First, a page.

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Washington’s Paid Sick Leave Law

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Know your rights to care for your health.

The law is on your side to help you protect customers, co-workers and others when you get sick. On Jan. 1, 2018, Washington’s Paid Sick Leave Law took effect. It promotes public health, family stability and economic security. Learn about your rights to care for your health.*

When does paid sick leave start?

  • 90 calendar days after your first day of employment.

How much paid sick leave do I get?

  • At least 1 hour for every 40 hours worked.
  • This includes part-time and seasonal workers.
  • You are paid your normal hourly wage at the time you used leave.
  • You may carry over up to 40 hours of unused leave into the next year.

When can I use paid sick leave?

  • To care for you or your family’s physical and mental health needs. This includes:
    • Children, step and foster children, and grandchildren.
    • Parents, step and foster parents, and grandparents.
    • Spouse or registered domestic partner.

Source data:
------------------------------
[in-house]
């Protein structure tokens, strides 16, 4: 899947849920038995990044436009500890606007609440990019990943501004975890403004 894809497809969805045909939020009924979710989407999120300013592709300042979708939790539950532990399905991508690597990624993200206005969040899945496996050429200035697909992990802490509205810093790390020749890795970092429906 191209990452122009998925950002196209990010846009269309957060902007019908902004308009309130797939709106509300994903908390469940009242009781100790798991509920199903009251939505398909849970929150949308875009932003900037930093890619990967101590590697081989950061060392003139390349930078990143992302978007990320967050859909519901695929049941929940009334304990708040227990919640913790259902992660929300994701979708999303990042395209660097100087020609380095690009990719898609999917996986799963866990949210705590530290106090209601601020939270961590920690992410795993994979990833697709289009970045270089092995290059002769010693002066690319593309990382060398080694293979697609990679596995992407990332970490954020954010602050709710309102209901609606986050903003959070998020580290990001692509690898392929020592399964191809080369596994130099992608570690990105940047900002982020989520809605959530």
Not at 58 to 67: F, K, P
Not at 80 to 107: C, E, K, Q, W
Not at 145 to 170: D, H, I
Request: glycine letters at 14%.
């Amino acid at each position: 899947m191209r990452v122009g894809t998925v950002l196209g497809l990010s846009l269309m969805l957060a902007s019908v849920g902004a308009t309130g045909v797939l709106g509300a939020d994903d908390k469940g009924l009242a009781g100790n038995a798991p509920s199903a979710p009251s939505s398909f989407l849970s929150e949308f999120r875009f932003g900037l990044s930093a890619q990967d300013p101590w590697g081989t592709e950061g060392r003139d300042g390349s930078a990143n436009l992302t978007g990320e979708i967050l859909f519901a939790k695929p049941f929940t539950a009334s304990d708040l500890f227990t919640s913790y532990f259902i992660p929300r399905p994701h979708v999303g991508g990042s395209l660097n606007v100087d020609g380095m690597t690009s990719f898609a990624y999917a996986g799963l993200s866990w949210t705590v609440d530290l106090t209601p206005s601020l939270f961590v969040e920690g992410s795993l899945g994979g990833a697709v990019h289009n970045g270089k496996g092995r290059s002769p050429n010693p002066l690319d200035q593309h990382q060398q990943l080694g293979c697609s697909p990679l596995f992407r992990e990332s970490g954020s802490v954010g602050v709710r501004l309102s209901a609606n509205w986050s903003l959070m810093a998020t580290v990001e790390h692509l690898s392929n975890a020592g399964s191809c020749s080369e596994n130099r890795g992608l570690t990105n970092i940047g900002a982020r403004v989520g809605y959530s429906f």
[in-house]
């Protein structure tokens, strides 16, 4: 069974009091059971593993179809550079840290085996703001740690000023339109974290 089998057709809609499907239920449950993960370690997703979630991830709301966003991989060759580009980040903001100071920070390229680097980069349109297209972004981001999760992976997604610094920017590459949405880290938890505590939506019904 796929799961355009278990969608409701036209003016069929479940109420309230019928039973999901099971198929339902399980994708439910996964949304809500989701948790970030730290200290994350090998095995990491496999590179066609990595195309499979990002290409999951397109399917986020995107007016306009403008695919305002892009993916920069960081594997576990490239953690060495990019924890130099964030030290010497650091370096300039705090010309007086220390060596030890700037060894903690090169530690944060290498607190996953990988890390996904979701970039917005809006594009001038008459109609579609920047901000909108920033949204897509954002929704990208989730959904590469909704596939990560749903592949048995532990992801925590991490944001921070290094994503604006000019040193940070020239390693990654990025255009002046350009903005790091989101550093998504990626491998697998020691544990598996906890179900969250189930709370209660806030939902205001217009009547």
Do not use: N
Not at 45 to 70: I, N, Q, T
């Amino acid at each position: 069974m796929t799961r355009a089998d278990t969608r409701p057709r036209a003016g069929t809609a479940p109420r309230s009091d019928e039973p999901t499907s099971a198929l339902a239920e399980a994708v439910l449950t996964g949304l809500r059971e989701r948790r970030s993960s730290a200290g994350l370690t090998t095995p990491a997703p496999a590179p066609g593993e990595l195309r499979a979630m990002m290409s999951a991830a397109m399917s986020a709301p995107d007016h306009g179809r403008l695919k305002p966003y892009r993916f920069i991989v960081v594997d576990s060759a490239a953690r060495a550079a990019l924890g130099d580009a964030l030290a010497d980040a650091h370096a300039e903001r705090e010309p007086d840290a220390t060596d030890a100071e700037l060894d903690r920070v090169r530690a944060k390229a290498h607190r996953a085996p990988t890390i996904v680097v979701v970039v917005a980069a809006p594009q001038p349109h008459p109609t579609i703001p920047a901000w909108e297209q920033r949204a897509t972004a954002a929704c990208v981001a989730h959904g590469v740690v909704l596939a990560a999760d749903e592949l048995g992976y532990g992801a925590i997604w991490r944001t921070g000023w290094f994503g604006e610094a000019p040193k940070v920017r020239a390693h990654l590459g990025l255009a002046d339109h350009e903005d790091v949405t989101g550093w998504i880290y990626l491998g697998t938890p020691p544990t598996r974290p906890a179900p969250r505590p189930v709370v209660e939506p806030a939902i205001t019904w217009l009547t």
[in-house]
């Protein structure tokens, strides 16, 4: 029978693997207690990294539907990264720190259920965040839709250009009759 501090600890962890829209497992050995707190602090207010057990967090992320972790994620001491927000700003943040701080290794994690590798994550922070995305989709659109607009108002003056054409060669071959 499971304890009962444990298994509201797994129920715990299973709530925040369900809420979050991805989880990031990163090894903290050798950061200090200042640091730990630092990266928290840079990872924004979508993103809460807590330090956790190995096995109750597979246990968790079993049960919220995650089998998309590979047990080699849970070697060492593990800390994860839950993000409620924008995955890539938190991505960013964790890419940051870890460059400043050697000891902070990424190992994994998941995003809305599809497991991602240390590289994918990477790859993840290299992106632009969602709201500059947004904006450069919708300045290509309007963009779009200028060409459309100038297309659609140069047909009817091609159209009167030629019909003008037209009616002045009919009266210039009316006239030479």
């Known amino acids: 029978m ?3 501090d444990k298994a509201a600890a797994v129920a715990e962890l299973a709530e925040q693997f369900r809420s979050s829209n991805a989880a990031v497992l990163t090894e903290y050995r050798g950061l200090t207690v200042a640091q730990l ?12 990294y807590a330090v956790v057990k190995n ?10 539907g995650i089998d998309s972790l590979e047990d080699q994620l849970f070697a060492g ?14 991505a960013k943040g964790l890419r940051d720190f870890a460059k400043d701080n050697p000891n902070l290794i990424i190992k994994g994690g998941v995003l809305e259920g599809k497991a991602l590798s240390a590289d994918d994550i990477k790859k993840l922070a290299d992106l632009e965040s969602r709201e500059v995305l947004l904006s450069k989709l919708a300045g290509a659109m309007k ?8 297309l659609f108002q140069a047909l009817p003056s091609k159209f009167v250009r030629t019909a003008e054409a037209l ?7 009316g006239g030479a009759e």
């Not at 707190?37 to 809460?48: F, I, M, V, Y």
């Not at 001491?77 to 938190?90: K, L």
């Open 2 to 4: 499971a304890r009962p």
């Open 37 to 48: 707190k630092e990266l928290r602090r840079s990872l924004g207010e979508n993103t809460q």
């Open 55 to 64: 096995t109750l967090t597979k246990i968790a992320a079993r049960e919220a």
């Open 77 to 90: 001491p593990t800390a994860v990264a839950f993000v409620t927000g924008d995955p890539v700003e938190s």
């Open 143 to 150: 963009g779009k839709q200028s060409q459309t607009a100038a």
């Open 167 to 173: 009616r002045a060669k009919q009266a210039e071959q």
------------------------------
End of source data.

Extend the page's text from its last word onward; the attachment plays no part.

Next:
• Brothers and sisters.
  • To seek safety from domestic violence, sexual assault or stalking.
  • When a public official closes your workplace or your child's school or childcare for any health-related reason.

What do I need to do to use paid sick leave?

  • Tell your employer you or a family member is sick as soon as possible.
  • If you’re out sick more than 3 days, your employer may need to verify you’re sick.

Does everyone in Washington get the same paid sick leave?

  • No, some employers provide more generous benefits and have other requirements.

 Questions?

Call Washington State Department of Labor & Industries at (866) 219-7321.

Resources

The Minimum Wage Requirements & Labor Standards Act protects you from retaliation.

* Employees exempt from the Minimum Wage Act (RCW 49.46) are not eligible for paid sick leave. This may include salaried executive managers, independent contractors and those working for tribes on tribal lands.